August 17, 2017
In today’s challenging deal environment, dealmakers need to go beyond financial expertise and industry knowledge to successfully execute a transaction. Diversity can be a key in making sure a deal delivers more value for shareholders.
Stephanie Hogue is a Managing Director and the head of US Debt Private Placements for PwC Corporate Finance*. In a previous blog, she discussed the state of diversity in deals and the unique perspective and skills women bring to the deals process. Below, Stephanie shares her experience as a woman in the deals industry and her views on the state of diversity in deals.
How much do people still think of M&A and deals as a bunch of white guys in suits and ties?
That’s the default mindset. And if you look around, its default reality, too. When we set out to build our Corporate Finance business in the US, we hired recruiters whose specific job was creating a diverse team that reflected PwC’s core values. Of more than 150 Managing Director candidates presented, a mere five were women, and there were fewer than 30 diverse candidates. Today, we have 20 managing directors in corporate finance, and 14 of them are white males – and we’re more diverse than many. They’re all fantastic individuals with a wealth of experience and knowledge, but we need to make the perspective as broad as possible.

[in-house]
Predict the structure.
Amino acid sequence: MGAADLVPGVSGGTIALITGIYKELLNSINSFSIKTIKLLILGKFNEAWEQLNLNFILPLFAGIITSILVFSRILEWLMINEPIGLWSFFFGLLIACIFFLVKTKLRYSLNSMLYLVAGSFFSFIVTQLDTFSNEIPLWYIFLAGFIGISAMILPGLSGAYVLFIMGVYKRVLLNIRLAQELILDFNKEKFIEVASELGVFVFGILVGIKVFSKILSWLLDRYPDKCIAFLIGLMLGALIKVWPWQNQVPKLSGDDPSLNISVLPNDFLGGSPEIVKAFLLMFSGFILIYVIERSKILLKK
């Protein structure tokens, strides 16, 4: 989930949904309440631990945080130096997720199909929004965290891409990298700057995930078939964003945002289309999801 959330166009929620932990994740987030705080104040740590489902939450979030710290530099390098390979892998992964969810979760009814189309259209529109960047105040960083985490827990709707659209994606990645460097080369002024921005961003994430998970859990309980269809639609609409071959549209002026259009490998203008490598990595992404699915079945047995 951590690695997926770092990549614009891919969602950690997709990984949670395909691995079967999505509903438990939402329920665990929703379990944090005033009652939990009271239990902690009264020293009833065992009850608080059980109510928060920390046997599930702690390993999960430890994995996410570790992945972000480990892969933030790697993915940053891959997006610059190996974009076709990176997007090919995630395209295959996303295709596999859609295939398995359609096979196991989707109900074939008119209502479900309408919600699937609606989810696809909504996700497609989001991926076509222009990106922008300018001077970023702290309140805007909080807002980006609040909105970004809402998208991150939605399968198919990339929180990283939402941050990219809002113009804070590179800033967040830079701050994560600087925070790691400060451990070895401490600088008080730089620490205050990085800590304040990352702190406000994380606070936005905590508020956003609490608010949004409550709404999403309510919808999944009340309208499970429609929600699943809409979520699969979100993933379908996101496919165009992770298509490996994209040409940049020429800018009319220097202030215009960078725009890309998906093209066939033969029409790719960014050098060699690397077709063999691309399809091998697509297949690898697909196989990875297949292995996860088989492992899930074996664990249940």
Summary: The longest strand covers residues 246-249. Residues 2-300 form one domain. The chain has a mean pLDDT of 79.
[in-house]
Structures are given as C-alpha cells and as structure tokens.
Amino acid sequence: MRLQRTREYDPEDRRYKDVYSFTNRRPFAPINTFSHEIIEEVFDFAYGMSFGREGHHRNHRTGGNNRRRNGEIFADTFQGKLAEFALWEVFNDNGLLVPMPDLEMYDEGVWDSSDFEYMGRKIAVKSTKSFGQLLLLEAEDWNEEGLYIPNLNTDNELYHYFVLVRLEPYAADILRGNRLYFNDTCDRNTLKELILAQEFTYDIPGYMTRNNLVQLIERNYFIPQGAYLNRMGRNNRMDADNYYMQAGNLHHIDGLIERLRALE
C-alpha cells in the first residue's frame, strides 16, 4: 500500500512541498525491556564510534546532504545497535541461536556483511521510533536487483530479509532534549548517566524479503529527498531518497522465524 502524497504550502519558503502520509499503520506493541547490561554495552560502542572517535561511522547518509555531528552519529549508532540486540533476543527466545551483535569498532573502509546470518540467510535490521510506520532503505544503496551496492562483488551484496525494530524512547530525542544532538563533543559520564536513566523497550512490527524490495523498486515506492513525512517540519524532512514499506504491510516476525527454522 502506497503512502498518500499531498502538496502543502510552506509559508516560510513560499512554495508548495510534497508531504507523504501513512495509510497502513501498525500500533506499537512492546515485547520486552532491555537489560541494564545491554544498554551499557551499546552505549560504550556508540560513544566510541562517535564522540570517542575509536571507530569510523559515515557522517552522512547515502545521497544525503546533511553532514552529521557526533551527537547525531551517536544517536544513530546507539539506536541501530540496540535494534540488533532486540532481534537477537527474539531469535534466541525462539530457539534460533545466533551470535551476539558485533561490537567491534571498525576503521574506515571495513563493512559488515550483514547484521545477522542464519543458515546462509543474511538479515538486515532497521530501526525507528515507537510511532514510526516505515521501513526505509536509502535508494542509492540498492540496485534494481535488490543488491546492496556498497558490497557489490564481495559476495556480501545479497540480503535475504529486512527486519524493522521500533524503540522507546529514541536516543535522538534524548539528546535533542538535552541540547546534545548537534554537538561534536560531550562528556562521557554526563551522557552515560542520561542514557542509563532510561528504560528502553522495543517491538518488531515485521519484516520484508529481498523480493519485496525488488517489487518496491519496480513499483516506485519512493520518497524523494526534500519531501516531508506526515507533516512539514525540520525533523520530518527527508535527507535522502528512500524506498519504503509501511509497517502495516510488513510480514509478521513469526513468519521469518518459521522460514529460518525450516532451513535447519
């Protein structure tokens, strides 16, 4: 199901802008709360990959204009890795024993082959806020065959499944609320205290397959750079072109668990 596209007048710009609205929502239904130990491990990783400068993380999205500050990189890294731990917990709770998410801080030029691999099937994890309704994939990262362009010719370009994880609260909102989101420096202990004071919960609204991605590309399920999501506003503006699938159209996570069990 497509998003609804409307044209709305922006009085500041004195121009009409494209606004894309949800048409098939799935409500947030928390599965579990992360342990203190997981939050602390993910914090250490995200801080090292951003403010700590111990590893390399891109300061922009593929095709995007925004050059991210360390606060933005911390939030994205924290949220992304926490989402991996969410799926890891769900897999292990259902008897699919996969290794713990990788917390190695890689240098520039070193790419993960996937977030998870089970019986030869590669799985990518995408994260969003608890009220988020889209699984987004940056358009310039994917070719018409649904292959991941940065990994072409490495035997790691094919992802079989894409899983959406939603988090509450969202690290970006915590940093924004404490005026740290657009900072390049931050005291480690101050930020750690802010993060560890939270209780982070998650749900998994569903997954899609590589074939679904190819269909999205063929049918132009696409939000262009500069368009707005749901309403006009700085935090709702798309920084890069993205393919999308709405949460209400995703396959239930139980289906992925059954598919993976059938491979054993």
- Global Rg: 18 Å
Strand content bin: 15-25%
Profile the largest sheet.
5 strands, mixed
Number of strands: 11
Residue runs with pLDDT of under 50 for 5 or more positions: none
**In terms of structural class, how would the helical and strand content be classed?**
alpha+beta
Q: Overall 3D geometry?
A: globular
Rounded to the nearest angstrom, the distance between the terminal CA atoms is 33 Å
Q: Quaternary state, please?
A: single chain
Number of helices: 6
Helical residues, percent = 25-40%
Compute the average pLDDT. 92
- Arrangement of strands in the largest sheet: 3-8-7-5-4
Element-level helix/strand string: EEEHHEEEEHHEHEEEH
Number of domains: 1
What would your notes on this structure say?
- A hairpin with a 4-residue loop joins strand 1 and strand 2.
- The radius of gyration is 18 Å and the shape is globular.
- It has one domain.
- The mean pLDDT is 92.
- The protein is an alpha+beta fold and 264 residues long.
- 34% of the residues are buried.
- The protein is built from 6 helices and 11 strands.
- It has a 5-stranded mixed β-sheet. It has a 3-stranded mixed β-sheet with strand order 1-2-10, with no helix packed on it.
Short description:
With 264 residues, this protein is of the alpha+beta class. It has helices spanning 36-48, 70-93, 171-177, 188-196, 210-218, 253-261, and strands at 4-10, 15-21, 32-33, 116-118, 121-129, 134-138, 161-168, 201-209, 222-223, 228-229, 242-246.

So it is an issue for many reasons. We need to make sure that people at the manager level are really starting to think about how they develop their teams, and we need to make sure that people feel supported so that they don’t self-select out of the industry as they’re reaching success. That starts at the top, making sure it’s a focus area.
What are some ways to do that?
It’s not enough to have a focus on diversity. We have that, and while it brings the topic into the light, it doesn’t keep people in the industry beyond a certain level.
We have to think about a few things. One, how we hire. For example, there are schools that are great in finance or accounting but tend to have a less diverse set of students. There are schools that have a more diverse set of candidates but perhaps less of a focus on the industries in which we excel. So perhaps for some of our junior staff, we need to make a concerted effort to go someplace outside the norm. Someplace that has more minorities or more students from underprivileged backgrounds to bring in that point of view.